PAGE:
I opened the Dirt Bag Paddlers mailbox to find this message accompanying a video link from our homie Jr Duggins: “This is a video of the video at the bar after our rafting trip of Me and some friends getting eaten by the rapid Surprise on the Lower New River in West Virginia. #dbp!” This got me thinking back to the old days of rafting footy, and as I slipped back in time memories flooded my mind about the way it was before GoPro and Vimeo changed everything… 

Back in the day video escapades were so much sweeter. At the takeout, everyone would gather around to watch the magic unfold again. The hoots and hollers were communal and infectious, the oohs and ahhs and the laughter rippling through the group, taking us right back to the moment. The custys would buy their VCR tape and bring it home to share with their land lubber friends and family, but in the confines of home the reaction was never quite the same. Only in the company of other people who had shared the experience, still wet from the Wallacing, did the grainy footage take on any meaning. Outside of this privileged core the whole idea of rafting looked rather, well, dangerous and ridiculous. What was FUNNY about dumping the whole raft at Dimple Rock?!?

There was no camera to mount on your helmet to capture your own view. Therefore, the groups didn’t immediately slink away to fiddle with their own images, racing to share away on Facebook. None of that had even been thought up. Social still meant actually being social IN REAL LIFE. You sat by the other strangers, grouped together to watch the action one more time. Even the jaded guides would get in on the action, angling for a tip, enjoying the percolating glory of a run well done. 
Some video boaters really did it right. They not only captured the action, but brought their own humorous comments and props to enhance the tape. Back then there was no do overs, no slick music, graphics, or editing. It was pretty much pop it into the VCR, and get burning copies. My personal favorite filmer was Zorb from White Water Adventurers in Ohiopyle, PA, with her finger puppets (the little shark saying “nom, nom, nom!”). Those were the days.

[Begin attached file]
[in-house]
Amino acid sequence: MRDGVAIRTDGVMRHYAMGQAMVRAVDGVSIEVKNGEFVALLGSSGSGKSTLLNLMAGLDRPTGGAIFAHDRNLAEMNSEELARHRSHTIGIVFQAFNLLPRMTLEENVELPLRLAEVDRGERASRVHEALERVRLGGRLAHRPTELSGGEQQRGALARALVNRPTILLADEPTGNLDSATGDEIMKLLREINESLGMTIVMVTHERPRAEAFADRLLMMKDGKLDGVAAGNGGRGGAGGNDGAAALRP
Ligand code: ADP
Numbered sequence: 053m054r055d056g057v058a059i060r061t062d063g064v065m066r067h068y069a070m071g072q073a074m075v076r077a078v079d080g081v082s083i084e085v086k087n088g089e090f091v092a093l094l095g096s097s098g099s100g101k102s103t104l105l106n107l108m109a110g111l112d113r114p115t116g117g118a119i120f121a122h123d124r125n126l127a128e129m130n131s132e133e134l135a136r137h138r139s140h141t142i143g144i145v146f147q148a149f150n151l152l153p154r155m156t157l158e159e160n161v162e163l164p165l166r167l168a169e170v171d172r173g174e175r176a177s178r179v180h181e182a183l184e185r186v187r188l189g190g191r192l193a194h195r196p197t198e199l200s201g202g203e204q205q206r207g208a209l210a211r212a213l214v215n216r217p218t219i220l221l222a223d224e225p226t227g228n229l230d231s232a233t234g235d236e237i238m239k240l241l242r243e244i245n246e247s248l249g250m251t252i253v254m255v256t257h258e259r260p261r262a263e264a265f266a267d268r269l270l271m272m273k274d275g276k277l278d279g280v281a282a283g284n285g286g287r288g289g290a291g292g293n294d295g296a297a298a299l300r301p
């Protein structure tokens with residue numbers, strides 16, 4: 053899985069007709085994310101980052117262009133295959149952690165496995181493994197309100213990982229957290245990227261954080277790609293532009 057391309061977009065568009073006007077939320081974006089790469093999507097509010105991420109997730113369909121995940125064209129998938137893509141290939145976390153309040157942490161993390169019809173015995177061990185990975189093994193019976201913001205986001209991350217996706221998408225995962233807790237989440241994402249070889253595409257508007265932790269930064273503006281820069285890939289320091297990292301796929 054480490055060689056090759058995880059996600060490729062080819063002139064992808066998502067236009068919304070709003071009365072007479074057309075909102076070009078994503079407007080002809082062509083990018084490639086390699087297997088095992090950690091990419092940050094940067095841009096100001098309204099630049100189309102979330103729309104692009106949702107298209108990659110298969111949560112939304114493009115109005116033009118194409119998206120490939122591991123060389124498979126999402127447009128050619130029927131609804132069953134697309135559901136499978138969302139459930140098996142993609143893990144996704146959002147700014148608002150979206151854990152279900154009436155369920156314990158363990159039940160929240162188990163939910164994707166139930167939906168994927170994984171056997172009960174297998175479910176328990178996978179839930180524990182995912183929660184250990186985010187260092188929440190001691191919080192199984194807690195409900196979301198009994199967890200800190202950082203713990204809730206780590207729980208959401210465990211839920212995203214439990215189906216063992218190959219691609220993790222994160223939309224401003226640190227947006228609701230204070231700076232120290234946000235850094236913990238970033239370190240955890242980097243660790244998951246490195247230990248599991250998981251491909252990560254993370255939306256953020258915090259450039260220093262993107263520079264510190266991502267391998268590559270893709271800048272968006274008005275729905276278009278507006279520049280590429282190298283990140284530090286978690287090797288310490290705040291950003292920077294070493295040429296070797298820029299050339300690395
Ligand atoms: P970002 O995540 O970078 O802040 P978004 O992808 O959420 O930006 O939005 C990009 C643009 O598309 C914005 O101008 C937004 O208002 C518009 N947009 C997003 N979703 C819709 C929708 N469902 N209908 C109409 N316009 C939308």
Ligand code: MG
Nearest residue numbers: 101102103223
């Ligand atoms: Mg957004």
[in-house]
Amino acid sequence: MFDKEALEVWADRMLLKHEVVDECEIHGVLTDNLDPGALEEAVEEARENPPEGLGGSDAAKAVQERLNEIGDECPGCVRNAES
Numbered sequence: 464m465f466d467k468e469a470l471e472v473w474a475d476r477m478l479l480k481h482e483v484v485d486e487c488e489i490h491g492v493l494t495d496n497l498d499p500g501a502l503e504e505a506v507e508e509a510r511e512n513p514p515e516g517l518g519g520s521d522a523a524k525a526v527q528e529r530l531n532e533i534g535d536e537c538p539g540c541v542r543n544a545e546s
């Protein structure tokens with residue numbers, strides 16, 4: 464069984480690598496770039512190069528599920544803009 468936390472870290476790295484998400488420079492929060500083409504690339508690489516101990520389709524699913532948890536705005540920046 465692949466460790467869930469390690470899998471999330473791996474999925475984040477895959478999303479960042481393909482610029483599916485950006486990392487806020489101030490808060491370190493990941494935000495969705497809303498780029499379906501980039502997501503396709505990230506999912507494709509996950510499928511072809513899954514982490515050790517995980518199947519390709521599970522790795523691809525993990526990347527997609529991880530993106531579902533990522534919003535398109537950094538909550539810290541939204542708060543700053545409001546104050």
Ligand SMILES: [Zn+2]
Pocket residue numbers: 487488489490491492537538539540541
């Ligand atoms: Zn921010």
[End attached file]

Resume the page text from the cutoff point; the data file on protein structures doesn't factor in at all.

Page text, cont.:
Up in Wisconsin, Ray Booth at Kosir’s Rapid Rafts was a mad scientist cooking up a helmet cam well before GoPro hit the market. He mounted a waterproof camera on an old ProTec helmet, with a cord running to a big Pelican box that was then worn hung on a belt around a guide’s waist. The rig was heavy, unwieldy, and terribly unreliable. But we got first person footage a couple times before the box leaked and ruined the setup once and for all. If necessity is the mother of all invention, then Wallace is the undertaker. 
Kosir’s guide Zac Krull climbing onto VW Rock wearing Ray Booth’s video camera, 2004.
“Is it on?” Zac getting ready to capture a raft splat.

There was no YouTube channel to archive the movies. Instead, a shelf by the VCR held the stacks of clunky tapes, labeled with dates of trips past. If you wanted to see your friend’s stash of whitewater trips, then you had to go over to his or her house and spend time with them, share a beer and a laugh on a winter eve and plot the future while reveling in the past. You couldn’t park your ass in front of the laptop let alone sit at work and sneak a private viewing on your phone. 
Back then, we felt far superior to the slide shows and even grainier 
Super 8mm footage of our predecessors. VCRs were SOOO much easier than reel to reel, and lugging out the old screen from the closet. You could hit rewind! And watch it again! And pause it!! The wonders of it all. A DVD was unheard of. 
But what’s that sound? Oh no! The tape is being eaten!! Pulling out the cassette, and twisted tape comes unwinding out too, snagged in the recesses of that infernal machine that only moments ago was your prized possession. Such was the way we old dirtbags used to relive those precious moments on The River. Looking ahead, we would have been amazed and very jealous. But looking back… We were very lucky indeed. 

Jr Duggin’s footy from ACE in WV

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